I am bicycling down to Economart late Monday morning. The sun is burning through light cloud cover, doing a slow-bake into the roadway. Passing the T-junction, there is a patch of forest crowding the road where birds are always singing, and several animal trails have been worn through the walls of vegetation. I can see something creeping onto the roadway; from 50 meters, it walks like a large insect, tentative footsteps jerking forward, legs splayed out to the sides. It appears not at all comfortable with its slow progress across the fry-pan of tarmac. As I close in, I can see now that it is a chameleon. I didn’t realize how slow-moving these creatures are, but this explains why I have seen several squashed into the tarmac along this section of road.
I decide to intervene, and I blow off my trip to Economart to rescue this miniature dinosaur. Sue will be thrilled to have a closer look, and photographic subject. Returning home with a reptile hanging from my hand, I notice some quizzical looks from the few drivers I meet on the road.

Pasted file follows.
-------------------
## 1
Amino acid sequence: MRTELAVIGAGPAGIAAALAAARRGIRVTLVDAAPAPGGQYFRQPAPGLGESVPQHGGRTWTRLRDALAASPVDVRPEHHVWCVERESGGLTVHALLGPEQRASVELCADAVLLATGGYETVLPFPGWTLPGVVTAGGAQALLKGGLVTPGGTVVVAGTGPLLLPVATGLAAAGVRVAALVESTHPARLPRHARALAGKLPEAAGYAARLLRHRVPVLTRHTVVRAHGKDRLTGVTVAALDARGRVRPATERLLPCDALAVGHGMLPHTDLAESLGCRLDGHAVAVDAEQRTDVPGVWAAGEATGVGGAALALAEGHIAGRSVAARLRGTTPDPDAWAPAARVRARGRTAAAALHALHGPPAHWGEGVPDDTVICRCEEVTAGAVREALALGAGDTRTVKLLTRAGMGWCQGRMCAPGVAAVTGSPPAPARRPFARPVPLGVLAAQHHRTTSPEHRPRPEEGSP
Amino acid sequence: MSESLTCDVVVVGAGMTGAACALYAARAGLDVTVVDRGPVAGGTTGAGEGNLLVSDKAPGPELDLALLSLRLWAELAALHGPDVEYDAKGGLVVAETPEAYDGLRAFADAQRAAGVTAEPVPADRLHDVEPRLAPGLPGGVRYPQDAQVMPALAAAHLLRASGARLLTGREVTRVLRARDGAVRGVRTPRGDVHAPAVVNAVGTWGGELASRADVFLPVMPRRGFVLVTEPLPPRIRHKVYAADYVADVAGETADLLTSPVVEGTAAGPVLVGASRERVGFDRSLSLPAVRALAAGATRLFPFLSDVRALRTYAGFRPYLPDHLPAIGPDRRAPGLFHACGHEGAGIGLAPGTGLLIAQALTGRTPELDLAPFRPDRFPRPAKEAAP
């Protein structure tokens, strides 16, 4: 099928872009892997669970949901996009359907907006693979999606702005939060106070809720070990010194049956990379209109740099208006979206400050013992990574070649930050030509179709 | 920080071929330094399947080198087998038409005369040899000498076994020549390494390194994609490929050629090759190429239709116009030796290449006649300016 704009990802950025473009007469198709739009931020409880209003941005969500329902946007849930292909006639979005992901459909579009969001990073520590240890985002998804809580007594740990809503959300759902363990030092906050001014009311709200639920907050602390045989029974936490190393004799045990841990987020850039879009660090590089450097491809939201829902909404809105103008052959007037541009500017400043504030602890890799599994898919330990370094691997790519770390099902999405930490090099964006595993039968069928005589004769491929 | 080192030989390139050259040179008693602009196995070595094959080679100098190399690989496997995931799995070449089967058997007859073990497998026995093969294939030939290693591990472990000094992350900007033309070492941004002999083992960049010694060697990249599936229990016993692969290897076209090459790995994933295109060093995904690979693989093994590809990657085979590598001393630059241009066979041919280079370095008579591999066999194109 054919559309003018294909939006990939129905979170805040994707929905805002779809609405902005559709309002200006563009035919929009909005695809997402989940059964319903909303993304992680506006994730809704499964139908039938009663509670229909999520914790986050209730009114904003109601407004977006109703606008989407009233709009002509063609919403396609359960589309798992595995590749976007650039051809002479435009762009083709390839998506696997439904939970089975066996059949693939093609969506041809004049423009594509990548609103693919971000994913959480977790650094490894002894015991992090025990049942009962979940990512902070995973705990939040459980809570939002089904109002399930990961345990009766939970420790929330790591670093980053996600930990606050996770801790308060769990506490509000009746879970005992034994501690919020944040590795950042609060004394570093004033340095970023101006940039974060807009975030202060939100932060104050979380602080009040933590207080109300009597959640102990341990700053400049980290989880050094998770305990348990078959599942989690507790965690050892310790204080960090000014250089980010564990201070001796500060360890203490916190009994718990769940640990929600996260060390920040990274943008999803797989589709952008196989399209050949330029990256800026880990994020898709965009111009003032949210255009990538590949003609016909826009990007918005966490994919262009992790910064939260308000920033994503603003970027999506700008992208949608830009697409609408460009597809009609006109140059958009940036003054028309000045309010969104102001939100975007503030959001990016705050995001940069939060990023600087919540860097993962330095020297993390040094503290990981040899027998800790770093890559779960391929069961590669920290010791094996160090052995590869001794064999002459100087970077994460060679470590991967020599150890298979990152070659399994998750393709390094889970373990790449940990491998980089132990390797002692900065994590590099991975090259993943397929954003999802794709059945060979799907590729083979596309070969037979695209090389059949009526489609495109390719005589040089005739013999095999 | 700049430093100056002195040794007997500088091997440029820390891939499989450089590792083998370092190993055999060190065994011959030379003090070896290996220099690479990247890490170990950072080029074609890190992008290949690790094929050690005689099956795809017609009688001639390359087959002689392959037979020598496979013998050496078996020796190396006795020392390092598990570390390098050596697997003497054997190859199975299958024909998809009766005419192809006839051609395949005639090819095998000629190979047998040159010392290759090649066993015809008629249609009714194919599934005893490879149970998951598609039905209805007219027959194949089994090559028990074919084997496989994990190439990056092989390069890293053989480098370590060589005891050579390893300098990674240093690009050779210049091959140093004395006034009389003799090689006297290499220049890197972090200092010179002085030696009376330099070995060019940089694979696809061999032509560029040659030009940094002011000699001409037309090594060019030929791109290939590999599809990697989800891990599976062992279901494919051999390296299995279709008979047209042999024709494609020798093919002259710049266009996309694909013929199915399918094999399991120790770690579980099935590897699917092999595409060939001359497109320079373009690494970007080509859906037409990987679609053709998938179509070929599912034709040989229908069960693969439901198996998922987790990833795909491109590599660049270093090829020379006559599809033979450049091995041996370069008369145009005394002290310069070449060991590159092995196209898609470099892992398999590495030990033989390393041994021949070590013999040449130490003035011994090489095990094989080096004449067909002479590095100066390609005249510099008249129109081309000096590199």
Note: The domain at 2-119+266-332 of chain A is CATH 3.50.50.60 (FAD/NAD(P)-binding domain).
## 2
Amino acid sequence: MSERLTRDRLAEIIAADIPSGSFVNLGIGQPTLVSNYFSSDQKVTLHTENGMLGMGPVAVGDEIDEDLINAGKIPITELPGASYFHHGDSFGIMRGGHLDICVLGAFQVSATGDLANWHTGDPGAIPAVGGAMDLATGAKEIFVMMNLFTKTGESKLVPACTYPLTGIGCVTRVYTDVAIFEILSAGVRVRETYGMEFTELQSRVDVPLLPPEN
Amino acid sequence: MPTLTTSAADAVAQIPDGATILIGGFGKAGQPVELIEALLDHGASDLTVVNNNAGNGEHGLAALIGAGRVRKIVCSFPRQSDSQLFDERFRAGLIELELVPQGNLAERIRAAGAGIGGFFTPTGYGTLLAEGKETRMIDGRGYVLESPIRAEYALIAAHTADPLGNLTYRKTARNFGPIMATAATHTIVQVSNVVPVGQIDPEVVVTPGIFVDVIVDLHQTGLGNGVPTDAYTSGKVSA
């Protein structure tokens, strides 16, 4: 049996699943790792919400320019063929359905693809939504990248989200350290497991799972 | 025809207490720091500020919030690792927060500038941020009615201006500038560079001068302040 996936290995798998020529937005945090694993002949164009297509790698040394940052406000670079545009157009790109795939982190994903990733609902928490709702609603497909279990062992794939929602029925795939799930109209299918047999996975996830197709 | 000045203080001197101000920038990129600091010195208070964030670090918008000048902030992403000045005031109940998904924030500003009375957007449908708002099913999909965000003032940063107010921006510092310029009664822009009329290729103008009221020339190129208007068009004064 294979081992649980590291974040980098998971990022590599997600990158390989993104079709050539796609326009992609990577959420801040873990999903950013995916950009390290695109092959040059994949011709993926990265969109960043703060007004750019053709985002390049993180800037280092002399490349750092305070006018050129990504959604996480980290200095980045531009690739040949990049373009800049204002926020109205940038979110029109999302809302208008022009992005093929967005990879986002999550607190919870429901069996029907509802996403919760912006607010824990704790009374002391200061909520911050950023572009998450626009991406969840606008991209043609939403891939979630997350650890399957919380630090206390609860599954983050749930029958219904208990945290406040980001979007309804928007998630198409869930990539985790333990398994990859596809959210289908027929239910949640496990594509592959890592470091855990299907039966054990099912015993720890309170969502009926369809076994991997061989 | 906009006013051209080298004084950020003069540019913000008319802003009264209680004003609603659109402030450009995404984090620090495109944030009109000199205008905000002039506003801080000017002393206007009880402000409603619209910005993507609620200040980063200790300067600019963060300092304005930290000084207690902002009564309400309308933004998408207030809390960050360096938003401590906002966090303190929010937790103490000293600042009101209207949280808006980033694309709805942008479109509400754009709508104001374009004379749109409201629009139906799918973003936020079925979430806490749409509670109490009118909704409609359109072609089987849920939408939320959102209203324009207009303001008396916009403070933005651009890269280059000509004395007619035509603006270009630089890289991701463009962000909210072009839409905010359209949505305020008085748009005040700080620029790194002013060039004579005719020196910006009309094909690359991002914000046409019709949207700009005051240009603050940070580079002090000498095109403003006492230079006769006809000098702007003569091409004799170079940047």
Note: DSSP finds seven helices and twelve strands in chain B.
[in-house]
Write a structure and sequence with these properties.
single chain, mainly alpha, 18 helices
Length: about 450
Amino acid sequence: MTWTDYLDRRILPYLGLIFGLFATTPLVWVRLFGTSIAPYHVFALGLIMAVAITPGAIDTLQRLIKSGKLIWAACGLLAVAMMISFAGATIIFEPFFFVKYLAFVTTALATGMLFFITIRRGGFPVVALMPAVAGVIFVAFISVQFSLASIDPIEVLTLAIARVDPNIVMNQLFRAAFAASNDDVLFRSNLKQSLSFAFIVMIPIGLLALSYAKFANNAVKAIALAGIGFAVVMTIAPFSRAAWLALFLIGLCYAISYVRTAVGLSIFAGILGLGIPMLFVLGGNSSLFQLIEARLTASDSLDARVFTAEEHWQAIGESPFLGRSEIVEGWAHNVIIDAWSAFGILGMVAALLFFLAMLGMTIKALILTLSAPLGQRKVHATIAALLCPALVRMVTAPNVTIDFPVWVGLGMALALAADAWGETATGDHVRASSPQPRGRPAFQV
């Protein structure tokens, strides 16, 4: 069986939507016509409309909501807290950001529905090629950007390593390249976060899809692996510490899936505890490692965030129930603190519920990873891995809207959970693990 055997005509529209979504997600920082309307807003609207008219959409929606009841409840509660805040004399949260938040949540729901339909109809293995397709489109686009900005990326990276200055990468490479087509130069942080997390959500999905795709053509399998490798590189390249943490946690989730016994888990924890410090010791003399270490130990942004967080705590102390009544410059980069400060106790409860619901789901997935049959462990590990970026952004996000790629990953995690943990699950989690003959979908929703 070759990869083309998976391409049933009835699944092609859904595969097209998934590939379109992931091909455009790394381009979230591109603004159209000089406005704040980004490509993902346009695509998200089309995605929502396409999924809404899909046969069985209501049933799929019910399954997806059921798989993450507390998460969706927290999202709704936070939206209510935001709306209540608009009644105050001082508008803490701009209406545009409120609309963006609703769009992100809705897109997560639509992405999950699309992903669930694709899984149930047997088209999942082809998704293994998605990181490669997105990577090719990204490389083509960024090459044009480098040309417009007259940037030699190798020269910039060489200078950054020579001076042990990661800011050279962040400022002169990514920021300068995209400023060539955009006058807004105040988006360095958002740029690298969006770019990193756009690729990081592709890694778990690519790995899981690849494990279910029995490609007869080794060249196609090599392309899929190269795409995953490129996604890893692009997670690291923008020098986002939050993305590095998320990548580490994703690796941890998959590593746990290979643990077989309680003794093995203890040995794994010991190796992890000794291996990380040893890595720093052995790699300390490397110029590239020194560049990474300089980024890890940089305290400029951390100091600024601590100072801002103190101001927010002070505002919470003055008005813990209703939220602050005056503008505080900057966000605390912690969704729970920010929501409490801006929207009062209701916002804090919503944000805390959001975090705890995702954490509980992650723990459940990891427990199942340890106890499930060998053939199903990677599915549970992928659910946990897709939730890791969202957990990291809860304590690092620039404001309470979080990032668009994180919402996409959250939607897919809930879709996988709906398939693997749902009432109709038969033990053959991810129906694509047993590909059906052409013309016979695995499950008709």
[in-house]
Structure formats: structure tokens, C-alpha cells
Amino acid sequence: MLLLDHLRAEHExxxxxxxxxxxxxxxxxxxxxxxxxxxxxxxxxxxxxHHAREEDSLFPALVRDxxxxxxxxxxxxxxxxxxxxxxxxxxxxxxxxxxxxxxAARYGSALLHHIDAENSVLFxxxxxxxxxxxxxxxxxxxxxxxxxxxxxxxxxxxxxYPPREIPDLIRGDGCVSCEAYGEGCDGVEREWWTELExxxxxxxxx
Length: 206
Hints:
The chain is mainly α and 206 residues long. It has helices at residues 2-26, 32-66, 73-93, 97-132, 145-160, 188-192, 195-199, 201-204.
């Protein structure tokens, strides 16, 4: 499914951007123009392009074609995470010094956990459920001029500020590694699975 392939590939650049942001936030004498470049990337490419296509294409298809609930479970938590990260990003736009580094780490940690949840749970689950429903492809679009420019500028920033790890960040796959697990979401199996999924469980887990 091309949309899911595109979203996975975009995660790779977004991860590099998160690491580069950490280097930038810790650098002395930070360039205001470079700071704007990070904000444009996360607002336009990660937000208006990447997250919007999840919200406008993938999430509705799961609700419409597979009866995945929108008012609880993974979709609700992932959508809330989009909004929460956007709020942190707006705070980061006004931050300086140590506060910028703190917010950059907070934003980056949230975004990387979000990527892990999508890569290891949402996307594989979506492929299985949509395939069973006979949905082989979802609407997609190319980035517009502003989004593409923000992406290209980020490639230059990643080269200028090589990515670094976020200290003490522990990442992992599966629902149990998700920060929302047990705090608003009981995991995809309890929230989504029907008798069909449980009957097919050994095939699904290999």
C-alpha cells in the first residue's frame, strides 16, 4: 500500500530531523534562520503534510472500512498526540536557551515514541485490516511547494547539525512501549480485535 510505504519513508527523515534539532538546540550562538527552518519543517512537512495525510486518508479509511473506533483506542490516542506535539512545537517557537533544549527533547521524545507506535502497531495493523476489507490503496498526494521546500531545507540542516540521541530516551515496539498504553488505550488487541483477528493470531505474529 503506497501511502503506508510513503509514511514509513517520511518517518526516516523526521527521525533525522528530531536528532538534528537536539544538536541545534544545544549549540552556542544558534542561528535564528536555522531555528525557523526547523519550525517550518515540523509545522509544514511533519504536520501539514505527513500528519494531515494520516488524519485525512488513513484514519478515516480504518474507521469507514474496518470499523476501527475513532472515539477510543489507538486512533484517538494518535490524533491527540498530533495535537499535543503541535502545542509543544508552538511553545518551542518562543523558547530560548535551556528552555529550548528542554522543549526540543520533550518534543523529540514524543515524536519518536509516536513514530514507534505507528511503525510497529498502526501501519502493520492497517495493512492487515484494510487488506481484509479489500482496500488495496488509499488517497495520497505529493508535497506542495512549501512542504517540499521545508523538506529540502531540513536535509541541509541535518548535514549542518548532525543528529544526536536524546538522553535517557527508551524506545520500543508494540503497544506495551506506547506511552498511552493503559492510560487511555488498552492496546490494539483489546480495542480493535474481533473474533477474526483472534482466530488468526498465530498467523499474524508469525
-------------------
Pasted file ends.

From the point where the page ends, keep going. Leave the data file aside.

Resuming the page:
My little friend is unusually strong for its size and manages to pry itself forward out of my grip, its little mitten-hands pinching my fingers for traction, its swivel-socket eyes constantly askew as if its focus has been short-circuited.
Sue hastens over with camera and after a failed attempt at chameleon portraiture, letting it crawl about the patio, we release it onto a small bush in the garden, where it can climb and blend into environment. Suddenly it is in hunting mode and shoots a surprisingly long tongue into some leaf cover, startling a praying mantis we had missed. The mantis manages to free itself, and another attempt by the chameleon is unsuccessful, sending the mantis scuttling across the garden. After 30 minutes of posing for us, the chameleon decides to leave and disappears into a hedge, changing from a light green color to green with dark-stripes, presumably to enhance its camouflage.